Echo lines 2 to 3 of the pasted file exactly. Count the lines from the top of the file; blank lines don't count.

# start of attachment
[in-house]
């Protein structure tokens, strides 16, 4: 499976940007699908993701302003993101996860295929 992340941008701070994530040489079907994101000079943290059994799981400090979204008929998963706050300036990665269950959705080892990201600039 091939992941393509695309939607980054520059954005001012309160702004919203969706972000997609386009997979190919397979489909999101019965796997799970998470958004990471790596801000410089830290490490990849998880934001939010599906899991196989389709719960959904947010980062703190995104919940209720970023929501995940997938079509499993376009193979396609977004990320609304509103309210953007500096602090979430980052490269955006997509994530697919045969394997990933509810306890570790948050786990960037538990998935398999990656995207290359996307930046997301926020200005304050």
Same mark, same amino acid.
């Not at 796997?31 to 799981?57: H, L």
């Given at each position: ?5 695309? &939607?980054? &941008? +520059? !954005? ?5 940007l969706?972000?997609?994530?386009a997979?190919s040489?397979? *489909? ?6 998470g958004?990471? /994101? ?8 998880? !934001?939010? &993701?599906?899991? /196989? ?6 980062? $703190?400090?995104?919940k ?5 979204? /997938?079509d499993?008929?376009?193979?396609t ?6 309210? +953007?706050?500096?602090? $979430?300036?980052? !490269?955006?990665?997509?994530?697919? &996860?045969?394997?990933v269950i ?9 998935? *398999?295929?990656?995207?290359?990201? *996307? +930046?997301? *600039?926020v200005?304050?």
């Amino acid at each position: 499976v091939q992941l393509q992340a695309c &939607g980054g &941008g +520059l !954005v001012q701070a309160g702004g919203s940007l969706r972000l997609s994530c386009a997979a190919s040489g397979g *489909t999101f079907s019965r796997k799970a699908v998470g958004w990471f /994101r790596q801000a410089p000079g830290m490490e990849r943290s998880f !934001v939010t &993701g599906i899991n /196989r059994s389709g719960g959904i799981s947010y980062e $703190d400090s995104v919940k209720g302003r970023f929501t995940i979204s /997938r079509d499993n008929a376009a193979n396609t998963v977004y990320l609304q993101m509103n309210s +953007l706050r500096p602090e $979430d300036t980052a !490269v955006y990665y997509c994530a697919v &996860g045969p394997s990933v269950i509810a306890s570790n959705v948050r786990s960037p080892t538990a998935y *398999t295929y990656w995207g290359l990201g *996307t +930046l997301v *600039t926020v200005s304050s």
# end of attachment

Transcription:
């Protein structure tokens, strides 16, 4: 499976940007699908993701302003993101996860295929 992340941008701070994530040489079907994101000079943290059994799981400090979204008929998963706050300036990665269950959705080892990201600039 091939992941393509695309939607980054520059954005001012309160702004919203969706972000997609386009997979190919397979489909999101019965796997799970998470958004990471790596801000410089830290490490990849998880934001939010599906899991196989389709719960959904947010980062703190995104919940209720970023929501995940997938079509499993376009193979396609977004990320609304509103309210953007500096602090979430980052490269955006997509994530697919045969394997990933509810306890570790948050786990960037538990998935398999990656995207290359996307930046997301926020200005304050």
Same mark, same amino acid.